Our goal was to encourage Amish students to stay in school through high school rather than dropping out after their eighth- grade year, which was the norm.
Around that time, the U.S. Supreme court had ruled that Amish children could not be required to attend school after eighth grade. Parents’ fundamental right to freedom of religion could not be infringed upon.
Unlike the stereotypical high school dropout, Amish children were able to embrace a rich vocational education at home and, in many cases, a thriving work community after leaving public schools. However, as dedicated school educators, we all wanted these children to have the benefit of a formal high school education.
In retrospect, and with years of hindsight, I think perhaps the most important benefit the Amish children received by attending the public school was the friendships and mutual respect they established with their non-Amish classmates during those formative years.
For me, one of the most poignant memories of that period was the night we hosted a parent meeting for the middle school children and their families. My role was to explain the activities and purpose of the advisory-base, or homeroom. As parents began filing into the room, my attention focused on the back of the room, as several Amish men sporting traditional full beards, black vests or jackets and white shirts silently entered the room and sat down in the back row.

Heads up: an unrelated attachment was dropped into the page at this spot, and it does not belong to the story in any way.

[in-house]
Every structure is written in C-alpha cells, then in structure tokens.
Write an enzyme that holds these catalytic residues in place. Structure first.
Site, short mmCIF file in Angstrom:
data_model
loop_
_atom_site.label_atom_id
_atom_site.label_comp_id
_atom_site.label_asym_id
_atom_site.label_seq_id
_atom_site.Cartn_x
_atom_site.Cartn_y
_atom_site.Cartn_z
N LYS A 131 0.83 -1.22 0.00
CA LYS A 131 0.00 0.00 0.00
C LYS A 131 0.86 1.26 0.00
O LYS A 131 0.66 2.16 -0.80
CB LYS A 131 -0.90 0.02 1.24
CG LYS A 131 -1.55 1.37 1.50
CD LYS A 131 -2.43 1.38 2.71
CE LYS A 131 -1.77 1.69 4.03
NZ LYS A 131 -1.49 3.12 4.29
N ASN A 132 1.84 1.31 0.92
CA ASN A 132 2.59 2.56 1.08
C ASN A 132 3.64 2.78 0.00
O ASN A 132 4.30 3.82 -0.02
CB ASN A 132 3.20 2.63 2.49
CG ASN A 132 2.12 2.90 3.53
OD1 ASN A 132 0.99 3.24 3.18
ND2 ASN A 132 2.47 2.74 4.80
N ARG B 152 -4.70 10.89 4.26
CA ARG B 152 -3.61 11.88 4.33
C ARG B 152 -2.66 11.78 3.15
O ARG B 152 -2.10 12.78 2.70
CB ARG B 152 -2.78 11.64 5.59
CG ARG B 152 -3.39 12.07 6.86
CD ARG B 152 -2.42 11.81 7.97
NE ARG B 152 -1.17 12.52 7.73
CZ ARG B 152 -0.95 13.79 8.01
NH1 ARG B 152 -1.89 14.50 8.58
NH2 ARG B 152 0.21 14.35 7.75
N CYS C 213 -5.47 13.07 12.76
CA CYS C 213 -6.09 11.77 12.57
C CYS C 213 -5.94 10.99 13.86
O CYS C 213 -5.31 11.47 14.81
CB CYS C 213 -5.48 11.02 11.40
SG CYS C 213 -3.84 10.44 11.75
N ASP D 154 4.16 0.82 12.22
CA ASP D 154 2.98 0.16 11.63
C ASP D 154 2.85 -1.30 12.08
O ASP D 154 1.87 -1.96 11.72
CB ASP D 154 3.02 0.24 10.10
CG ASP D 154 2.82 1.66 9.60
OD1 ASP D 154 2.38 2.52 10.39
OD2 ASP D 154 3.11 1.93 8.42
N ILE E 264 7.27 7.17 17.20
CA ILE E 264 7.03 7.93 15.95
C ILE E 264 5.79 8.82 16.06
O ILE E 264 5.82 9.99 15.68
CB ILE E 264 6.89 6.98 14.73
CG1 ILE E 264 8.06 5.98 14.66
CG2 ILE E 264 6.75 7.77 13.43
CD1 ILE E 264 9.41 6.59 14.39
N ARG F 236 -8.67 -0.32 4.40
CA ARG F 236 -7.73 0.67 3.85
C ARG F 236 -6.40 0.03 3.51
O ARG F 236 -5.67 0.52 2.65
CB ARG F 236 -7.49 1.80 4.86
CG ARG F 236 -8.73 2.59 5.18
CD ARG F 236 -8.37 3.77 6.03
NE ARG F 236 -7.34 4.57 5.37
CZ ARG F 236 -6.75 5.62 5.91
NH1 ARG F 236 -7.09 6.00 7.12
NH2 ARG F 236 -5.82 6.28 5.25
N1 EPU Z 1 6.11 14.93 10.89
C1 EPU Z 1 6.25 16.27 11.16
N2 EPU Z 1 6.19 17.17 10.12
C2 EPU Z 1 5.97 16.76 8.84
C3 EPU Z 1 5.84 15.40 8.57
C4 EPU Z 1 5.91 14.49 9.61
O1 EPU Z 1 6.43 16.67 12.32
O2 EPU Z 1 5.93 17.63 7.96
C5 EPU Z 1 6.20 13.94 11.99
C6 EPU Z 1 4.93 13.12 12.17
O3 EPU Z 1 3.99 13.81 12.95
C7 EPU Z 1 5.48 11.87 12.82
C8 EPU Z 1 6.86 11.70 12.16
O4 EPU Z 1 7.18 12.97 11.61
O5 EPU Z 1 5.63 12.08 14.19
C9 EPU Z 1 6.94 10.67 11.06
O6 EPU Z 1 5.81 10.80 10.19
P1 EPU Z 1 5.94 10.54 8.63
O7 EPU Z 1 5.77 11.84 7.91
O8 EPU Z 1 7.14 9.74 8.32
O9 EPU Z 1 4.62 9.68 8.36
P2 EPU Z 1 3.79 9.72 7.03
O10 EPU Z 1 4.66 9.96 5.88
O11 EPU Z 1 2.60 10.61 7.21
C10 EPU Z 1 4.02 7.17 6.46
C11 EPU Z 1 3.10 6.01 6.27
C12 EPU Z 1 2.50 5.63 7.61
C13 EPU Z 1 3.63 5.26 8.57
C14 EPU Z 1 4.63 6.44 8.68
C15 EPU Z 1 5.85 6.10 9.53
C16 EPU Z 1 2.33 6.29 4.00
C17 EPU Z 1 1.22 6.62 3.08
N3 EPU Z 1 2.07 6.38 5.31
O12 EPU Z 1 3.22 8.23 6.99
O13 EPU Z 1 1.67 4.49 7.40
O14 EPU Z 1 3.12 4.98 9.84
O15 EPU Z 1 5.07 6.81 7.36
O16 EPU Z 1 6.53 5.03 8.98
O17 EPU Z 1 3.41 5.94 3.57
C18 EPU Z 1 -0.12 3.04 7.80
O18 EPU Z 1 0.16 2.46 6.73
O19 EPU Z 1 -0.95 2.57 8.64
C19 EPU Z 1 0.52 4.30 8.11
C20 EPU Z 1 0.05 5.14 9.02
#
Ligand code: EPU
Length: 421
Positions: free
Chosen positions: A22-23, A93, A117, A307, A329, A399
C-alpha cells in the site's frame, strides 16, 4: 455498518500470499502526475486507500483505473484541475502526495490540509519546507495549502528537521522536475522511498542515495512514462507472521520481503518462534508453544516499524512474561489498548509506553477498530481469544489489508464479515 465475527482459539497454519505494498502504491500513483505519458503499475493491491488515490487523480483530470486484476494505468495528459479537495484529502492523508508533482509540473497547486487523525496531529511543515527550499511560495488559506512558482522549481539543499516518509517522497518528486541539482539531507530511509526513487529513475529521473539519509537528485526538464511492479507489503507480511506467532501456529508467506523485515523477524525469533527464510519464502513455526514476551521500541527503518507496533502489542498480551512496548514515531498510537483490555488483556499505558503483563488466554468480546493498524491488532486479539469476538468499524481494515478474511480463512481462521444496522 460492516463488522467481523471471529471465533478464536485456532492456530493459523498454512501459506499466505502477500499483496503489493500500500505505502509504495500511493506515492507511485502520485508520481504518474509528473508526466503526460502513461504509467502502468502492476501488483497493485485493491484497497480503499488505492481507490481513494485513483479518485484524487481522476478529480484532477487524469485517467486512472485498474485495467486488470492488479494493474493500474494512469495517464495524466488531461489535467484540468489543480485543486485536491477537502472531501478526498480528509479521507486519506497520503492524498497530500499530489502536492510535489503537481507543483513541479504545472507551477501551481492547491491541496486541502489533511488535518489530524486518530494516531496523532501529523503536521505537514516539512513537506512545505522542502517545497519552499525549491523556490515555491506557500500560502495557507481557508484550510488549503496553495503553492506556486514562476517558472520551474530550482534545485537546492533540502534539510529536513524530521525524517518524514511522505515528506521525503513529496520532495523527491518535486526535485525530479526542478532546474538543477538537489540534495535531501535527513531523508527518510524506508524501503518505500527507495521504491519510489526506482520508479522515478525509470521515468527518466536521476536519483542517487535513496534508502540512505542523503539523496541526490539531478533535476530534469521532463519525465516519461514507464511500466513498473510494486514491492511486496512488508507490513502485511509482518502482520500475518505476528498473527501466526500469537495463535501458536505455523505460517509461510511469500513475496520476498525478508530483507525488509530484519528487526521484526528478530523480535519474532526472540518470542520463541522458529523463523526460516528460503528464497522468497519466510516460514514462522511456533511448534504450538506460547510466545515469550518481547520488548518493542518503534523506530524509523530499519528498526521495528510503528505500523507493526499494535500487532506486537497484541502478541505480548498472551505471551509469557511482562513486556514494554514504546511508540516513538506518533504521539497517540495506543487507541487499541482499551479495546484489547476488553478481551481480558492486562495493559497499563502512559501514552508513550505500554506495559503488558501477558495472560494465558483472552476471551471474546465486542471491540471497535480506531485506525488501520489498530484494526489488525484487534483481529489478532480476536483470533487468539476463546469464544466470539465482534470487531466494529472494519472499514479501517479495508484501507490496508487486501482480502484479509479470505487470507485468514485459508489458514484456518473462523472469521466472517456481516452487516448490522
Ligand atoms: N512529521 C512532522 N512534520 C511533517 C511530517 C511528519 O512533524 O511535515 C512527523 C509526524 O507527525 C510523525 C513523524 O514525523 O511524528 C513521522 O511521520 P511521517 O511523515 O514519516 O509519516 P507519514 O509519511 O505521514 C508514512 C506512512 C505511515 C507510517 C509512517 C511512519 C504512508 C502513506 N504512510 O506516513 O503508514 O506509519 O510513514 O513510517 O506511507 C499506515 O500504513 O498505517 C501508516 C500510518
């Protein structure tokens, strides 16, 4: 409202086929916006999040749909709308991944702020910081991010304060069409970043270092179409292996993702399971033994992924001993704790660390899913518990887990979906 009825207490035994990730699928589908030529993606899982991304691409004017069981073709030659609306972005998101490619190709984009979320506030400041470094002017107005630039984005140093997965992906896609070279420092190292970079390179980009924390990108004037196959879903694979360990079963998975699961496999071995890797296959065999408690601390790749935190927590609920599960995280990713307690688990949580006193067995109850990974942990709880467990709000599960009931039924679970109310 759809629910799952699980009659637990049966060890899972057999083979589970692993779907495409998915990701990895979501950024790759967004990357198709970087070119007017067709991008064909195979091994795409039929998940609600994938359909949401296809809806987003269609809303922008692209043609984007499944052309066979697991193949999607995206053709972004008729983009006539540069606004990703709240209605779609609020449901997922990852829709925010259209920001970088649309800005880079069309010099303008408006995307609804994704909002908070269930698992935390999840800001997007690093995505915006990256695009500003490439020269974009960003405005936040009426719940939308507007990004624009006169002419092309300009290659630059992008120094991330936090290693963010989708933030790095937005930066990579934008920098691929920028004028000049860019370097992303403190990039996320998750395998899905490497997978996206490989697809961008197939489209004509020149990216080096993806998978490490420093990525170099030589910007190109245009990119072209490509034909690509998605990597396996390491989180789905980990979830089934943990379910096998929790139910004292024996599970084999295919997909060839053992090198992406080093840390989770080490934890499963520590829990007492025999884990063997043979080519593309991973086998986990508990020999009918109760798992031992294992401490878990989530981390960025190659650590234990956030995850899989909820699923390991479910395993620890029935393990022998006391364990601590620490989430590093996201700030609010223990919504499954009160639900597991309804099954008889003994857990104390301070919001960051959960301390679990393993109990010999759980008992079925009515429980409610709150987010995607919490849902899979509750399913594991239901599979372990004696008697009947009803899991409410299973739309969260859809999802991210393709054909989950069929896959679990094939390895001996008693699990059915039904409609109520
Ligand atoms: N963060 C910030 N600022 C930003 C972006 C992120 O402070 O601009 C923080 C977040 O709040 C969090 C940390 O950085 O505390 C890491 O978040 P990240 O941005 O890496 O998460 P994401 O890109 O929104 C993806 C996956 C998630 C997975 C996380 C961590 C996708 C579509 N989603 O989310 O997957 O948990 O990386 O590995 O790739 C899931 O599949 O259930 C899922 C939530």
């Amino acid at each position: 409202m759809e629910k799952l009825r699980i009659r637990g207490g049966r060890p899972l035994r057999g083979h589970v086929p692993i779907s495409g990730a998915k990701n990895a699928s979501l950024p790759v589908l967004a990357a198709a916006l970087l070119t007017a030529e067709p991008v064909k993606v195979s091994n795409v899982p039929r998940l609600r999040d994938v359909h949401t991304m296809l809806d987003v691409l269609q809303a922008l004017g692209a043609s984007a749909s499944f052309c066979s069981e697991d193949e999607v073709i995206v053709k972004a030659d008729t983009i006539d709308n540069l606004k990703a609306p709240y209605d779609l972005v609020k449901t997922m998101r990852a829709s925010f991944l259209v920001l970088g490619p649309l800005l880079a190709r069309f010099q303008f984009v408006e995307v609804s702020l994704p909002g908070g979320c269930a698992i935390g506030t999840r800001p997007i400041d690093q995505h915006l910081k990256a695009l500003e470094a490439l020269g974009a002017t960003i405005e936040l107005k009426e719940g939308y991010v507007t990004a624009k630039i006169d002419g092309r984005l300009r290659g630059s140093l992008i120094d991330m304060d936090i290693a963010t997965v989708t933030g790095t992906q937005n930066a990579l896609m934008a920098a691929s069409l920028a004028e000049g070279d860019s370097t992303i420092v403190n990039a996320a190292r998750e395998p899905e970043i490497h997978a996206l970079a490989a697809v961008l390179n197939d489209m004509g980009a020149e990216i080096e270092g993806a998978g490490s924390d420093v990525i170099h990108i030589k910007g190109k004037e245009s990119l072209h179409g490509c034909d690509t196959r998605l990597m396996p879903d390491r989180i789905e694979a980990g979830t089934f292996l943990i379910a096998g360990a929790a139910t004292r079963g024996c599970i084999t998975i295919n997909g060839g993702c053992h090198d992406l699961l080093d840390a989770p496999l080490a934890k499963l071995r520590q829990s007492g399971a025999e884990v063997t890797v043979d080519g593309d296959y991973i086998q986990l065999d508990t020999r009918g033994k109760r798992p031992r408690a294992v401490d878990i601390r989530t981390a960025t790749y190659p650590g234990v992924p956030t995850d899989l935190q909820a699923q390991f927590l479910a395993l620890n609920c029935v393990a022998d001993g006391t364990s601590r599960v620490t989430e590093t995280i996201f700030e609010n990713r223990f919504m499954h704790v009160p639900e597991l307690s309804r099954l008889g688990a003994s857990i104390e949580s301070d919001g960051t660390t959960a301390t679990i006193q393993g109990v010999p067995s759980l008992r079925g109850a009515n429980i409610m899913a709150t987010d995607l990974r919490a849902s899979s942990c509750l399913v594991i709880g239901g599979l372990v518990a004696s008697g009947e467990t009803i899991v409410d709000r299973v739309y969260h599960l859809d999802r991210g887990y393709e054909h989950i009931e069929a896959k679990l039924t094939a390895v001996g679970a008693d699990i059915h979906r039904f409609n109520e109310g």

As other parents arrived, the group nodded respectfully to the special guests in the back and I wondered if it was unusual for these parents to attend or if everyone’s friendly nods were the typical recognition between parents of these distinct communities.
That meeting was one of the highlights of my career. All of the parents asked pointed and smart questions. There was no doubt in my mind that every parent in the room was equally passionate about his or her child and interested in learning about the school’s intent and purpose. I was thrilled when, at the conclusion of the evening, those Amish men came up to politely thank me for the presentation.
What did Felicia and the Amish children in this small Indiana town share in common? Felicia wanted to be a good parent. For her that meant finishing school and taking care of her baby. Her motherhood at such an early age made her different from most students her age.
The families of those children in Indiana also wanted the best for their children. Both Felicia and the Amish children were the outliers in their respective schools. In each case, however, it was our duty as educators to model to the community that each child under our care was equally important in our eyes, and that, by working together, we could advance a community built on our common human desire to learn and advance as productive citizens.
Reflect on your own teenage struggles and how you overcame them. What have been the lessons you applied in your life as an adult?